Sunday, February 22, 2009 at 6:58 AM |  
Wow. We've finally got a blog. :) It's been like almost a year already.

Hmm.. what should I talk about? Ah, I'll start with how Liquid Rock happened. :) In the beginning, God created the Heaven and the Earth.. oh wait, no that's too far back. Lets fast forward some what. Back like a year ago, both Yap and I met up for lunch. We were working in our own respective company at that time which so happened to be at the same office building.

Yap had this great idea about having some futuristic racing game with a fancy cool game play twist to it. I thought it was rather cool, but we decided to not commit to anything yet until we actually can prove the idea would work. So I went back and hacked up a prototype within a week.

Knowing very well that since we wanted to make it commercial, I had to pick the right engine to use. A racing game must always have good physics. Right? Who wouldn't want to see flipping crafts at high velocity? So I set on looking at which physics engine would be best for a case of good physics stability and usable with no license issue for commercial use. After some research, I had two choice that seemed good to me. ODE and Bullet. This is because both of them are open source (Which means I can look at the source code to know what's going on behind the scene) and they have been widely used. However, I had bad experience with ODE's constraint stability the last time I tried to use it. So I decided to give Bullet a try. Then when it came to rendering, I keenly decided to use Ogre3D for a few reasons. Firstly because I'm familiar with it, secondly because it has great community, and thirdly it has potential to render AAA graphics. That is how we ended up with a working prototype that proved to us we've got an engine that can do what our game needed.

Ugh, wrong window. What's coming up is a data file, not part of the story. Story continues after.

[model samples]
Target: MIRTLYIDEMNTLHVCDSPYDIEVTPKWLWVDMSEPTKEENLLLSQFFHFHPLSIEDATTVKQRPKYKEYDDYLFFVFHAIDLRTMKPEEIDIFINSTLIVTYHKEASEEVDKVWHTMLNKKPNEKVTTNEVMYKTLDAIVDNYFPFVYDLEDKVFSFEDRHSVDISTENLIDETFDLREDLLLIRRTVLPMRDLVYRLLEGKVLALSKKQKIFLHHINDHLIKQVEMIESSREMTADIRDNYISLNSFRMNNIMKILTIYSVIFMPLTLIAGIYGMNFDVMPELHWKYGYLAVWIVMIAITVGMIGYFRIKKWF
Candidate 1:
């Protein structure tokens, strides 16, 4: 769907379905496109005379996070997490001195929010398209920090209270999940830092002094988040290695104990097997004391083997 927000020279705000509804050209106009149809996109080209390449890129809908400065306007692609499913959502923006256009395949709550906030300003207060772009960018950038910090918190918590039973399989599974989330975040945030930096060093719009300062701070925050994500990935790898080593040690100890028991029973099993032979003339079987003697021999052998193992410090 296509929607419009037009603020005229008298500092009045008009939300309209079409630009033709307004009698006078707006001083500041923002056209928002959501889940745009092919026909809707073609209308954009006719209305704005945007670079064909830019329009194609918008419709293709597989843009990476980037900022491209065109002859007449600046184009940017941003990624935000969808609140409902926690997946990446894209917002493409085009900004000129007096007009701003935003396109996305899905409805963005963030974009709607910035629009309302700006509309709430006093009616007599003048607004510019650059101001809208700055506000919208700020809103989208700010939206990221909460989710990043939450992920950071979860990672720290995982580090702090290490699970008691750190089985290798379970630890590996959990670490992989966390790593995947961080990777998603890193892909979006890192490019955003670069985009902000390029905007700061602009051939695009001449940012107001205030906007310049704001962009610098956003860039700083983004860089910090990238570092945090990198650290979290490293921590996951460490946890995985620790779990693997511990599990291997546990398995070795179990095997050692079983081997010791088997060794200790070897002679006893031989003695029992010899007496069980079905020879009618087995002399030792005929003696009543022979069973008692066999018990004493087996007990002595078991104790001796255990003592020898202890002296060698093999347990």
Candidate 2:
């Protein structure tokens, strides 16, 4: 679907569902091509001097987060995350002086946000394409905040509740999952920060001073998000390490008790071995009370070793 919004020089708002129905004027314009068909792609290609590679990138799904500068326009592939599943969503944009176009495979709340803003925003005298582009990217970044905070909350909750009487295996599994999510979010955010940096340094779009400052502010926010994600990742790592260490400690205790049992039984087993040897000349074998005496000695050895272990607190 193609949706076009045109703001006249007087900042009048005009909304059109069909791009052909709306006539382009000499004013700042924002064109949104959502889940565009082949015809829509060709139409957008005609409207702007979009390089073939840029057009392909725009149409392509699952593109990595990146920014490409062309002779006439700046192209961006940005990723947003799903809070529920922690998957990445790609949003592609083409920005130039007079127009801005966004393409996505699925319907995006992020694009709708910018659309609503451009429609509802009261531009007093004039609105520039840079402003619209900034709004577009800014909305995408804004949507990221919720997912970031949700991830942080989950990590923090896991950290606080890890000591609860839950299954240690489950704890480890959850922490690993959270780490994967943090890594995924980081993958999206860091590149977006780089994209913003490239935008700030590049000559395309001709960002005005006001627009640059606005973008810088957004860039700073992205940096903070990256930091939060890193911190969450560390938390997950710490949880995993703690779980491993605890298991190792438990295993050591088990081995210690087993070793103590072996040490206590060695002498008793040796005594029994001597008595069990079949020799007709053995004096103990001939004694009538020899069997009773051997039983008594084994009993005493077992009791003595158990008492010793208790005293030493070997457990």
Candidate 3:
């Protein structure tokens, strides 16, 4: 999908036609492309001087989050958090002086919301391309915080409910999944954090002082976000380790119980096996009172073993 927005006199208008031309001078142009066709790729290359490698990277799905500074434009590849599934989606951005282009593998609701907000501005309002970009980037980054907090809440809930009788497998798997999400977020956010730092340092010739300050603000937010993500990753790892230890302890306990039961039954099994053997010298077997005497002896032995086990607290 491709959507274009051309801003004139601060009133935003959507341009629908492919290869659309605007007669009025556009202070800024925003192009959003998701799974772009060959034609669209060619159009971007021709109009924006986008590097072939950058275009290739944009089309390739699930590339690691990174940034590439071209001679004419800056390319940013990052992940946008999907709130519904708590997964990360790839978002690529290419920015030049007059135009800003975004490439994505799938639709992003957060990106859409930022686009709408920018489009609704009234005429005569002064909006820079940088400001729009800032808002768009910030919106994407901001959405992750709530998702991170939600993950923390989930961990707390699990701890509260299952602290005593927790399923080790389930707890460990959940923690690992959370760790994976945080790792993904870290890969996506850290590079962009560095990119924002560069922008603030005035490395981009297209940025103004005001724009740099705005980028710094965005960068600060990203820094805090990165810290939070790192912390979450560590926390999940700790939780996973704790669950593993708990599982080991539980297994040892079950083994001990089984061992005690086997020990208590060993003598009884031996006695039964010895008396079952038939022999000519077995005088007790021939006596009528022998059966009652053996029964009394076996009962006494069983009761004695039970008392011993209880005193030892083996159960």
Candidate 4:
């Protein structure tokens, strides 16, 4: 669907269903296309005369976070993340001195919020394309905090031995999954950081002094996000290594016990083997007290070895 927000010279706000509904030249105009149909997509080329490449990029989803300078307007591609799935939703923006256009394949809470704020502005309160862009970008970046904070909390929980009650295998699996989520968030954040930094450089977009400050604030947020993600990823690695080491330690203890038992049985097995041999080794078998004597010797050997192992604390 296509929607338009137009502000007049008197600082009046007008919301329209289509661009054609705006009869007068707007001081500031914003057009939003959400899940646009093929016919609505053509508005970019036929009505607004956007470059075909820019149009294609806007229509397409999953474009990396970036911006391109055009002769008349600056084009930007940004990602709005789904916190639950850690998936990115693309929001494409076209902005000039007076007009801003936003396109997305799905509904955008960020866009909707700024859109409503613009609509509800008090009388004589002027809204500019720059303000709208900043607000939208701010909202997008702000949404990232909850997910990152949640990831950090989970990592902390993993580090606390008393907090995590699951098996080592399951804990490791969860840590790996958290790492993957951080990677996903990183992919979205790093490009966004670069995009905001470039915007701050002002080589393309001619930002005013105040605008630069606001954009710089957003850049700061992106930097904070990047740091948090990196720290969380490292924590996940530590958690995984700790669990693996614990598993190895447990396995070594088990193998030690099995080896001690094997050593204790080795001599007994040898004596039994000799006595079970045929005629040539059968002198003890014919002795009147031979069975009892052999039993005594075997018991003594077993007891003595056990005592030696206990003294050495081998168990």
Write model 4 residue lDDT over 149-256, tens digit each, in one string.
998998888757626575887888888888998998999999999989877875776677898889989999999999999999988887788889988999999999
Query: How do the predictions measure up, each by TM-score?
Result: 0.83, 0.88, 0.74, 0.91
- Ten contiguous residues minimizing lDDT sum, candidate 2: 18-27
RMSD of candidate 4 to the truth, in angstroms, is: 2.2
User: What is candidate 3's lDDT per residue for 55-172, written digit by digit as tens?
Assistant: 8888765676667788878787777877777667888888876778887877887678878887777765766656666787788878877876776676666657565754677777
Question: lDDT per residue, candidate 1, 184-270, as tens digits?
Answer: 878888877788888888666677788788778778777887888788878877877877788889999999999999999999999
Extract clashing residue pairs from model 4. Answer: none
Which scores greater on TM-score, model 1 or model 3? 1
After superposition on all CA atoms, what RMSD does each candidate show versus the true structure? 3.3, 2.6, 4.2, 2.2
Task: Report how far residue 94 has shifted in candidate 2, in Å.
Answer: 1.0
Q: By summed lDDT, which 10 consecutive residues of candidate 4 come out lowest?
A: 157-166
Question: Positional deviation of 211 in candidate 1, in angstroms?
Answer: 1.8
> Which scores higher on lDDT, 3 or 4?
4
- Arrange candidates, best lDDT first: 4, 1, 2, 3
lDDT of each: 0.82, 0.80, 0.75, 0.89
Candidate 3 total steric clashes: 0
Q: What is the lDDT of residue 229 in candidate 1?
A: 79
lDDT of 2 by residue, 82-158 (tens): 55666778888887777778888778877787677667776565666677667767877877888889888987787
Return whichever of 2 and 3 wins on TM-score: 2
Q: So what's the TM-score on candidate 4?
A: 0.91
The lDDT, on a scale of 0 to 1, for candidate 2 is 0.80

So we have a prototype that showed us we've got the tech there (kinda). However, what's great about a racing game if it's got no great visuals? So Yap started modeling our first damn cool looking hovercraft. Mind you we were doing these on our free time after work. :) When he showed me his semi finished work, I was like, "That's it! We can do this!".

Eventually, we decided if we really want the game to happen, we need to work on it full time. This was a damn hard decision. For one, we were pretty comfortable in our own job. Secondly, we were holding quite some responsibility on our job scope. And thirdly, doing it full time means no salary, less spending and we have to survive on to our meager savings. In the end, we decided "a Man got to do what a Man's got to do". So we hand in our resignation letter and started working on our game full time.

Now what happens next was really a great experience. Truth be told, It's not for the faint of heart. But that's another tale to tell later.

Posted by Lf3T-Hn4D


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